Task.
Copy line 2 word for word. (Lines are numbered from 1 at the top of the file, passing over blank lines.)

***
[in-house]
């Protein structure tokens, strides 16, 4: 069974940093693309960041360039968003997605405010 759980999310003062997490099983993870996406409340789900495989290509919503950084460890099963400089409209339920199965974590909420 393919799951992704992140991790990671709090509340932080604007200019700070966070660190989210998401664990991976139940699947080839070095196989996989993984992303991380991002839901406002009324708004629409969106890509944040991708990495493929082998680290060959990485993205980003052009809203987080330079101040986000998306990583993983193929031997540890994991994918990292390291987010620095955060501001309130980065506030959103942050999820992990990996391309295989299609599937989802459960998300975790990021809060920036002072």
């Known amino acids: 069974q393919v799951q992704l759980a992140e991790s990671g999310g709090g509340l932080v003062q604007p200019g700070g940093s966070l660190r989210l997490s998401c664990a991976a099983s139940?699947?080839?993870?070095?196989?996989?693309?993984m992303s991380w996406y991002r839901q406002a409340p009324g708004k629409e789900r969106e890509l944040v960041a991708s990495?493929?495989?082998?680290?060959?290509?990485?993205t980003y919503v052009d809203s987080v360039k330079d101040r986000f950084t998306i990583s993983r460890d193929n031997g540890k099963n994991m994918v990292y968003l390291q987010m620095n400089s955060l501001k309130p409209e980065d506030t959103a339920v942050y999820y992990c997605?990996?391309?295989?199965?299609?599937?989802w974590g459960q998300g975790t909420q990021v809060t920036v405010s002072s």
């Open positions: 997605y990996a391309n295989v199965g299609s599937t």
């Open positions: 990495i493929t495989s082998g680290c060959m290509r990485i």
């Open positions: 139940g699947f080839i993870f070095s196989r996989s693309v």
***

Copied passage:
């Protein structure tokens, strides 16, 4: 069974940093693309960041360039968003997605405010 759980999310003062997490099983993870996406409340789900495989290509919503950084460890099963400089409209339920199965974590909420 393919799951992704992140991790990671709090509340932080604007200019700070966070660190989210998401664990991976139940699947080839070095196989996989993984992303991380991002839901406002009324708004629409969106890509944040991708990495493929082998680290060959990485993205980003052009809203987080330079101040986000998306990583993983193929031997540890994991994918990292390291987010620095955060501001309130980065506030959103942050999820992990990996391309295989299609599937989802459960998300975790990021809060920036002072």